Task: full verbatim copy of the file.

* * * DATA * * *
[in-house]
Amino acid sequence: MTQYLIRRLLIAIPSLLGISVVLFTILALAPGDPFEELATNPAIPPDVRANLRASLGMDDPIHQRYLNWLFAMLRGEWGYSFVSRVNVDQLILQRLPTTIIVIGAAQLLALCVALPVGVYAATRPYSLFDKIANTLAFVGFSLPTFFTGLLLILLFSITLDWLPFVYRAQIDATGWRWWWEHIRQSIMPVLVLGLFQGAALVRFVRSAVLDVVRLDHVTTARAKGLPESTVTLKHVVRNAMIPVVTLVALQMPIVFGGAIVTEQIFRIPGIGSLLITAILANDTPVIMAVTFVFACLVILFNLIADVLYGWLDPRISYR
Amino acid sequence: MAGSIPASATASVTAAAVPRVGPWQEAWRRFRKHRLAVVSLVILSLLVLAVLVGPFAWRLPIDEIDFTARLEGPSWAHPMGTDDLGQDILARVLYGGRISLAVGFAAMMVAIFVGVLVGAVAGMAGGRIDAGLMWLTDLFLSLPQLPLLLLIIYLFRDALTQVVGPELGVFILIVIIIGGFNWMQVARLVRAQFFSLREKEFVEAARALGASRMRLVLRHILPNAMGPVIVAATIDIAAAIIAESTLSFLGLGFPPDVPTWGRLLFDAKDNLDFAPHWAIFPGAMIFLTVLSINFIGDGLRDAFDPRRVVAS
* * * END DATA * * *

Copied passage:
[in-house]
Amino acid sequence: MTQYLIRRLLIAIPSLLGISVVLFTILALAPGDPFEELATNPAIPPDVRANLRASLGMDDPIHQRYLNWLFAMLRGEWGYSFVSRVNVDQLILQRLPTTIIVIGAAQLLALCVALPVGVYAATRPYSLFDKIANTLAFVGFSLPTFFTGLLLILLFSITLDWLPFVYRAQIDATGWRWWWEHIRQSIMPVLVLGLFQGAALVRFVRSAVLDVVRLDHVTTARAKGLPESTVTLKHVVRNAMIPVVTLVALQMPIVFGGAIVTEQIFRIPGIGSLLITAILANDTPVIMAVTFVFACLVILFNLIADVLYGWLDPRISYR
Amino acid sequence: MAGSIPASATASVTAAAVPRVGPWQEAWRRFRKHRLAVVSLVILSLLVLAVLVGPFAWRLPIDEIDFTARLEGPSWAHPMGTDDLGQDILARVLYGGRISLAVGFAAMMVAIFVGVLVGAVAGMAGGRIDAGLMWLTDLFLSLPQLPLLLLIIYLFRDALTQVVGPELGVFILIVIIIGGFNWMQVARLVRAQFFSLREKEFVEAARALGASRMRLVLRHILPNAMGPVIVAATIDIAAAIIAESTLSFLGLGFPPDVPTWGRLLFDAKDNLDFAPHWAIFPGAMIFLTVLSINFIGDGLRDAFDPRRVVAS